Water the soil in the container when the top inch to inch and a half is dry. Then, water until it begins to drain from the bottom. Empty the drainage catch. Allow the soil to dry again before watering more.
Like most tropical plants, croton ‘Petra’ desires humidity. You could place the pot on a tray with pebbles, or mist the leaves daily. Allowing the humidity to drop around croton ‘Petra” can cause health problems and invite pests.
Coming from the tropics, croton ‘Petra’ loves clean, fresh water. Use filtered water or leave your water out overnight to allow the chlorine to evaporate. Do this for the misting water as well.
Fertilizer is important, but once again, it needs to be just right. Use a mix of 8-2-10, 3-1-2 fertilizer, or similar.
Use a slow-release fertilizer and water it in well. Feed once in spring and then twice in the summer. Allow the plant to rest in fall and winter.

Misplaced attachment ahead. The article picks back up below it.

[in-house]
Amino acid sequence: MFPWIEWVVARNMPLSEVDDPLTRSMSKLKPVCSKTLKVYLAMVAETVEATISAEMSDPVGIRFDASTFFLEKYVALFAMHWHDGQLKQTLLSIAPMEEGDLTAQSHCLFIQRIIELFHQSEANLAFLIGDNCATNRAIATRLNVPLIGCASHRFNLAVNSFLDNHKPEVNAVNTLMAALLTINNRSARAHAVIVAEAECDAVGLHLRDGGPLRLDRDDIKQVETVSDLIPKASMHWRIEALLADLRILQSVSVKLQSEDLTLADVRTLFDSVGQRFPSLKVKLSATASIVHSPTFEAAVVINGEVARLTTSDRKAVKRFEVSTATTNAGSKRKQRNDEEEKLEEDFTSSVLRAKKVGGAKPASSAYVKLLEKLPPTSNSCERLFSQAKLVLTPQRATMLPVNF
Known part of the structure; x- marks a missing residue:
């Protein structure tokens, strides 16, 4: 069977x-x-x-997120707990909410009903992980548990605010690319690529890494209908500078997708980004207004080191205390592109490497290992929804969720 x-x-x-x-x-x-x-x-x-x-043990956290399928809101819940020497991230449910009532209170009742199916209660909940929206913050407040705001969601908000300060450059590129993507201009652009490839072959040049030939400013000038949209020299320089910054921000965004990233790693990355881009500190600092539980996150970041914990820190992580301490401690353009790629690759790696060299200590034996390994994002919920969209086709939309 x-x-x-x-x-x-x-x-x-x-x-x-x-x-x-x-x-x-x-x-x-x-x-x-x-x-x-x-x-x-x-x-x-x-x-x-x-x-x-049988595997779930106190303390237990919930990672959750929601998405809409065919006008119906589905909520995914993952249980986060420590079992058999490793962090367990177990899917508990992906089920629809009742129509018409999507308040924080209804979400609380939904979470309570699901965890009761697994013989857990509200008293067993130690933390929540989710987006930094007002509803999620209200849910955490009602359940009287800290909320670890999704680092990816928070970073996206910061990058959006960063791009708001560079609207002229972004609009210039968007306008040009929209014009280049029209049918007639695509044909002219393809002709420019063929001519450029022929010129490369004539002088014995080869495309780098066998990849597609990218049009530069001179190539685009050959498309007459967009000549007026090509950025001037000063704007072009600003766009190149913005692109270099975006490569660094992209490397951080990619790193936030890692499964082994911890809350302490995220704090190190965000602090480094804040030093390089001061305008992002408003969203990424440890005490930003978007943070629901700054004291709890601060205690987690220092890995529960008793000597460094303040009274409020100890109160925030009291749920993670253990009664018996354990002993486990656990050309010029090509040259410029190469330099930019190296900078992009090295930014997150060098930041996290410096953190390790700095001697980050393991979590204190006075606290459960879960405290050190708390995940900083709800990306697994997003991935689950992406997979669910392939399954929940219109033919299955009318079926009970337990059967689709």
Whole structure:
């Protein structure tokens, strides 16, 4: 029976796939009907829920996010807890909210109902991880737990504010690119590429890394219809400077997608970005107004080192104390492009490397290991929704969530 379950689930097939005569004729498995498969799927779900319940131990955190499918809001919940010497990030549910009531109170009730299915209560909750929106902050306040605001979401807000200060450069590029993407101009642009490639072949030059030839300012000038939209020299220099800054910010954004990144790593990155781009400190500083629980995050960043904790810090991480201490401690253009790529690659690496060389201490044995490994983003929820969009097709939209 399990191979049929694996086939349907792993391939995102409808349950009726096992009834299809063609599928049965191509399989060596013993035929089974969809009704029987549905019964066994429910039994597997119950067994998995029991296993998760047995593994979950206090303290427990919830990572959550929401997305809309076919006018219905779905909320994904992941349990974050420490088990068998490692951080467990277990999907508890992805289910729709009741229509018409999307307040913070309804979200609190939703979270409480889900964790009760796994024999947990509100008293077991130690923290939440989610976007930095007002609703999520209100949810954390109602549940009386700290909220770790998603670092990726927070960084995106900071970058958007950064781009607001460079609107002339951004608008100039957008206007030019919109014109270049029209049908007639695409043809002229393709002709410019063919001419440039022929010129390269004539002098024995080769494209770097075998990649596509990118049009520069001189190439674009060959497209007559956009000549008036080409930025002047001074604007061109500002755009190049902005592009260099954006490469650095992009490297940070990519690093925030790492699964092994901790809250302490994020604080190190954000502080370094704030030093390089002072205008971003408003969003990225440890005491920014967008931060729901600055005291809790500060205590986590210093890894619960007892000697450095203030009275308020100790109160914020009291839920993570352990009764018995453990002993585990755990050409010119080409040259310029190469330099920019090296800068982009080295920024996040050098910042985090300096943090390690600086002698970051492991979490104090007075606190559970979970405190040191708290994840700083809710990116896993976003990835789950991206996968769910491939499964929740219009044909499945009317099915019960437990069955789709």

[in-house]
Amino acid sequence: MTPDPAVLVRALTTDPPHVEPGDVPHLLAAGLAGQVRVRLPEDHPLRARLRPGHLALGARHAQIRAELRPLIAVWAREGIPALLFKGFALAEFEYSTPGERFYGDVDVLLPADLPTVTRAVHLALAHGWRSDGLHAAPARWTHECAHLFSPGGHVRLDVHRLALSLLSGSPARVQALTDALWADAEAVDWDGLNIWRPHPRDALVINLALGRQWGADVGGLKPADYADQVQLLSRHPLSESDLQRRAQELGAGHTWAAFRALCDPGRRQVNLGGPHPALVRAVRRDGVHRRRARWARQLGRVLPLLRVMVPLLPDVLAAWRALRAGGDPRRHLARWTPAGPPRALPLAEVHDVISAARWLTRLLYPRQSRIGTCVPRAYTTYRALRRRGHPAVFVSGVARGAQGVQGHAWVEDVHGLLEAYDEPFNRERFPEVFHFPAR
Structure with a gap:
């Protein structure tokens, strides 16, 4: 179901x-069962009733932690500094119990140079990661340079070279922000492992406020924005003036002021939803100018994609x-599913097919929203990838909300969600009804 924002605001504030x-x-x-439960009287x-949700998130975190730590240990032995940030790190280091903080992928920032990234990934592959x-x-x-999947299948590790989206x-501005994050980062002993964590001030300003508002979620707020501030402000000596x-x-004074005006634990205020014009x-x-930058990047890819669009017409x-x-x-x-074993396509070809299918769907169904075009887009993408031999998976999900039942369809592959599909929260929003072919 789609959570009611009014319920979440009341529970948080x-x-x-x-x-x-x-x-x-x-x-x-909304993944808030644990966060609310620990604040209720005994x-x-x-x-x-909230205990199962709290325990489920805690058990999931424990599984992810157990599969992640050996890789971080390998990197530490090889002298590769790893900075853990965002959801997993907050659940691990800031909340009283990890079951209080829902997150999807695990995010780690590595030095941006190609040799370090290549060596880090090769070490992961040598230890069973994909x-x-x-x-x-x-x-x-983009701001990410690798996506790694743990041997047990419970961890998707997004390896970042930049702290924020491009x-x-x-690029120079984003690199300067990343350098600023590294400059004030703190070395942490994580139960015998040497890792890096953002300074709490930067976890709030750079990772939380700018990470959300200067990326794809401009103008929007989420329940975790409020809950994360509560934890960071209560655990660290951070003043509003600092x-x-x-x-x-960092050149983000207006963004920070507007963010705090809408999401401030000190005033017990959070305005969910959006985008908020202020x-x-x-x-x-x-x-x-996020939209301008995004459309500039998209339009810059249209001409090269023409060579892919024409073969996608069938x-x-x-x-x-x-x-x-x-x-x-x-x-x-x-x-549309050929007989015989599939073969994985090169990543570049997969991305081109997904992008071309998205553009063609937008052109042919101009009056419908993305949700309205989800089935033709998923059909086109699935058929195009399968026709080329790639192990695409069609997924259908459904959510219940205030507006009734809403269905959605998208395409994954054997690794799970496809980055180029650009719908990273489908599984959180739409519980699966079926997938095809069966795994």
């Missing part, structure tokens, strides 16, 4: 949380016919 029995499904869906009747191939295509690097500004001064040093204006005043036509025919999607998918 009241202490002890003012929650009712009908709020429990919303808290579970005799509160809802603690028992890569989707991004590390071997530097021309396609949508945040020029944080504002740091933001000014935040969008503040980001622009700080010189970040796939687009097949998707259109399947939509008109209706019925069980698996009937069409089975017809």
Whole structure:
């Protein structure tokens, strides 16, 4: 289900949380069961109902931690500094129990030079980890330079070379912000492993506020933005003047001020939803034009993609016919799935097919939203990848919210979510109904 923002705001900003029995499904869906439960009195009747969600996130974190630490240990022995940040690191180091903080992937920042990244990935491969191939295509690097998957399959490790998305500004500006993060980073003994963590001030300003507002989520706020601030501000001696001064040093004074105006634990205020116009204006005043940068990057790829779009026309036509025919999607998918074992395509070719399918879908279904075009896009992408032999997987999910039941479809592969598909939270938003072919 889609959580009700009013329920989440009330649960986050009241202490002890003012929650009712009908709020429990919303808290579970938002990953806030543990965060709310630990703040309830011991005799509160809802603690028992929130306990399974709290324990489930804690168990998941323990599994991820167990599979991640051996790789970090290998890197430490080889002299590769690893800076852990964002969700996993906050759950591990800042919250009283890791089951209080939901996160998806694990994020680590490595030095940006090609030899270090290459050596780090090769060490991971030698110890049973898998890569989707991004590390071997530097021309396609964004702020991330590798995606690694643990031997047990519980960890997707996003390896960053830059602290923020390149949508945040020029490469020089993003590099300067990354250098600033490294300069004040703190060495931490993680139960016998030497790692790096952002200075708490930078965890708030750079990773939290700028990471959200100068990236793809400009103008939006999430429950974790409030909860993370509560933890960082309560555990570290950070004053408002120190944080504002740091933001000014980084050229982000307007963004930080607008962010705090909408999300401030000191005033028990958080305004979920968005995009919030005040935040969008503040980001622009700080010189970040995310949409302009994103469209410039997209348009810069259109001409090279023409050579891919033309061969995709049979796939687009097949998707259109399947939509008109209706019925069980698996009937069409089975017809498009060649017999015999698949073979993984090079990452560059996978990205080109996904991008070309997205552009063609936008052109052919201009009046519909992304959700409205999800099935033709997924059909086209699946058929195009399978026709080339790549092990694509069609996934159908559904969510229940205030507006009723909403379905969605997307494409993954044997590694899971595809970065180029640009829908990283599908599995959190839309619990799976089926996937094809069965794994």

Repot the plant when it outgrows the current container. I tend to do this every two years or so. Choose a pot that’s only about one to two inches bigger than the current one.
Loosen the roots and remove the old soil before repotting into a new container with fresh soil.
Croton ‘Petra’ looks great as a shrub border or as a hedge, or grouped together in a garden.
A site with morning sun and afternoon shade suits them well, though it’s a common sight to see them growing in full sun when outside.
Consistent temperatures between 60-70ºF are ideal. Anything below about 45ºF or above about 85*F, you will need to move it inside. Try using a smaller pot so it’s easier to move, or use a planter on wheels.